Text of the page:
What Makes Seoul An Urban Utopia?
Quite simply put, Seoul has spirit. Who’d have thought that a country completely levelled after the disastrous Korean War (1950-’53) would emerge as one of the forerunners in design and architecture, with global economies turning to it for inspiration? But that wasn’t always the case. In the aftermath of the war, South Koreans were left homeless and without basic infrastructure elements like schools and hospitals. It was then that the country’s capital became the epicentre of the reconstruction project, as civilians set about their task of rebuilding their country, economy and lives, with investment from the US. Back then, because the need of the hour was to rebuild fast, modernisation and industrialisation were defined by a simple, cheap and no-frills approach to design that excluded aesthetics altogether. And so, the traditional South Korean hanok villages were slowly replaced with far more serious, unattractive structures and utilitarian tower complexes.
But, come the Olympics of 1988 and the FIFA World Cup in 2002, and Seoul revised its hackneyed outlook on design for more thoughtful city planning that didn’t solely focus on serviceability. A turning point in the design revolution came in 2003, when then-mayor Lee Myung-bak gave the go-ahead for a bold plan to demolish a stretch of elevated highway, south of the imperial palace of Gyeongbokgung. In the process was unearthed the hidden Cheonggyecheon stream, which, within two years, was restored to a clean waterbody that now flows peacefully beneath imposing stone bridges, lending the area an air of coolness and calm. Speaking of bridges, it would be sacrilege to leave out mentioning the whopping 27 bridges that straddle and criss-cross the majestic Han River, each designed in perfect symmetry. Funnily enough, it’s the shortest one, Saetgang Bridge, which is the most striking of the lot, with its asymmetrical, cabled swerving form. Spurred by the ability to create structures that merged utility with newer design slants, Seoul soon began integrating design into elements of everyday life, to the extent that today, it can be discerned in everything from civic facilities and public amenities to technological processes.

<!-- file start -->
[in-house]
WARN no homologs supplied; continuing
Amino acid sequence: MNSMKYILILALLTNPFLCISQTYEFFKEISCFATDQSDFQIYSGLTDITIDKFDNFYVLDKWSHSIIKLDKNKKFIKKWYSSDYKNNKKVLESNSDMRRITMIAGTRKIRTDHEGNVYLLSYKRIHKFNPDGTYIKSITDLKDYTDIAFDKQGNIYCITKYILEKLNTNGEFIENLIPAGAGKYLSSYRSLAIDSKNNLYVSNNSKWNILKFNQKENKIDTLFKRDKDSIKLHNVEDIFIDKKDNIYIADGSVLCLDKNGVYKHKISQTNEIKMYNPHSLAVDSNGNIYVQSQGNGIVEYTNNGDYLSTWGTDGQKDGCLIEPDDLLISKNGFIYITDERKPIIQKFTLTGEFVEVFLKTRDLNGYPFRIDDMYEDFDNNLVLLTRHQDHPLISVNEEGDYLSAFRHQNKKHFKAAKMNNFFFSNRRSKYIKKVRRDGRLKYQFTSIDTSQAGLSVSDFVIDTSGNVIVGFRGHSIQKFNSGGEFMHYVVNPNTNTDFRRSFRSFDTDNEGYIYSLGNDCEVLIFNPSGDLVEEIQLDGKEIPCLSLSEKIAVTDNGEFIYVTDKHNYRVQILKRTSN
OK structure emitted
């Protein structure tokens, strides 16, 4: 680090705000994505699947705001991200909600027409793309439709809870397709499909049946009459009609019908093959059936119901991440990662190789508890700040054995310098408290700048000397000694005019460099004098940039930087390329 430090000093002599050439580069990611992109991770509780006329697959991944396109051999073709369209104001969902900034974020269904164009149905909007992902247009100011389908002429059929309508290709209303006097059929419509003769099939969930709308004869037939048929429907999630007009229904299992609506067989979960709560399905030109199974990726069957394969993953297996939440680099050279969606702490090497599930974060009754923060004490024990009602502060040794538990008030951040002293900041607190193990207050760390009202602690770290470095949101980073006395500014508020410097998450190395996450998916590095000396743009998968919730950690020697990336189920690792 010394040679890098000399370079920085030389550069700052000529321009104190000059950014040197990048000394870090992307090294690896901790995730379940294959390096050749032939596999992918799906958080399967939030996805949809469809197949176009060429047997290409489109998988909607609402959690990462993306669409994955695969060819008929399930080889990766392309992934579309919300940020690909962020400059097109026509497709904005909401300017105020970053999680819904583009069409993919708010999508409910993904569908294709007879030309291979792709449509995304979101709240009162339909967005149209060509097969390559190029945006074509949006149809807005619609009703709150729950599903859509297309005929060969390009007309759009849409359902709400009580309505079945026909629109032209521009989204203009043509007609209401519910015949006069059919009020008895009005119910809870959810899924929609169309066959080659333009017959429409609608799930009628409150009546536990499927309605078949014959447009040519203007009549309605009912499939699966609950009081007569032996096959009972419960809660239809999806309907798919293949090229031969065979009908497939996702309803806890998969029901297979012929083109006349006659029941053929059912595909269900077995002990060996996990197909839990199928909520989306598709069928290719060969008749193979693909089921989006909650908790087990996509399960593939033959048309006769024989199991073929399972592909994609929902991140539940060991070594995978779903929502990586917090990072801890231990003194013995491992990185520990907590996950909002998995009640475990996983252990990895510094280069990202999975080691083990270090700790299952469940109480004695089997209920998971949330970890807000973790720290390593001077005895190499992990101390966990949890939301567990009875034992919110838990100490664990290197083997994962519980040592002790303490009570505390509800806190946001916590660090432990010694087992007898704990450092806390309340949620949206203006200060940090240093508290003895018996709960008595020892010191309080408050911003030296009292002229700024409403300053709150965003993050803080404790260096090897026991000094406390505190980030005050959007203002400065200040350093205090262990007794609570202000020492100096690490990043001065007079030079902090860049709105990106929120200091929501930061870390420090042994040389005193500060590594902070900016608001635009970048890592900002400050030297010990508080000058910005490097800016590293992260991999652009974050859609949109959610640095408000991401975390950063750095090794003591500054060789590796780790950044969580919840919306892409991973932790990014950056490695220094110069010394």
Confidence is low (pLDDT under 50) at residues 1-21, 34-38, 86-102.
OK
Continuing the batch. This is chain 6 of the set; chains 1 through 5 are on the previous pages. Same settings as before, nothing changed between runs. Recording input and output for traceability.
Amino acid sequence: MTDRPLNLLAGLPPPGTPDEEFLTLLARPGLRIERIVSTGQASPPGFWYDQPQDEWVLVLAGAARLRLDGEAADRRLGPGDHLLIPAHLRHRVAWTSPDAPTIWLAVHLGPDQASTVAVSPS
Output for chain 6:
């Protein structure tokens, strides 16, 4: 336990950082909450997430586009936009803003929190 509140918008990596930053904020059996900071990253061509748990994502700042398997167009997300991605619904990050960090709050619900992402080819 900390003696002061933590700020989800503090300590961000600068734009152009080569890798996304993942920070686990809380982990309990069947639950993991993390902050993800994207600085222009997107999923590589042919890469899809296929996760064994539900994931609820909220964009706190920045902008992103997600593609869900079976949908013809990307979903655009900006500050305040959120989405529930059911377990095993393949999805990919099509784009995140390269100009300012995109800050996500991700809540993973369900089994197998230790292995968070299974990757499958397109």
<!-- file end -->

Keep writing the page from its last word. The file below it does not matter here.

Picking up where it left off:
After being crowned World Design Capital and designated a UNESCO City of Design in 2010, Seoul took it upon itself to live up to those honours and embraced newer, more unusual takes on design. Resultantly, the city’s skyline is today speckled with some of the tallest, most beautiful edifices and arresting constructions. Take Some Sevit, a cultural complex conceptualised in 2006 that comprises three glowing, pulsating man-made islands – christened Some Gavit, Chavit and Solvit. But if there’s one project that has completely transformed the way one sees Seoul, it’s the ambitious Dongdaemun Design Plaza (DDP), which covers a sprawling 38,000-square-foot area, designed by famed architect Zaha Hadid. Resembling a colossal pixelated spaceship, the fluid, undulating structure is draped with 45,000 aluminium panels of varying sizes and curvatures, and houses within its interiors convention and shopping centres, exhibition galleries, seminar rooms, design museums, libraries and education centres. So as not to overshadow the area’s history, Hadid even created a stunning landscape around the complex that incorporates the remains of the capital’s 15th-century city walls and the 1925 sports stadium that formerly stood on the spot. If you’re looking for towering structures when scanning the Seoul skyline, it’s hard to miss the larger-than-life, 555-metre Lotte World Tower, masterminded by American firm Kohn Pendersen Fox. Completed last year, the 123-storey skyscraper, inspired by Korean ceramics and writing brushes, is the fifth-tallest building in the world and the tallest on the Korean peninsula. It contains galleries, a shopping mall, offices, apartments, a seven-star luxury hotel, a multiplex cinema, a skywalk, an observation deck, an aquarium and a 2,000-seat concert hall.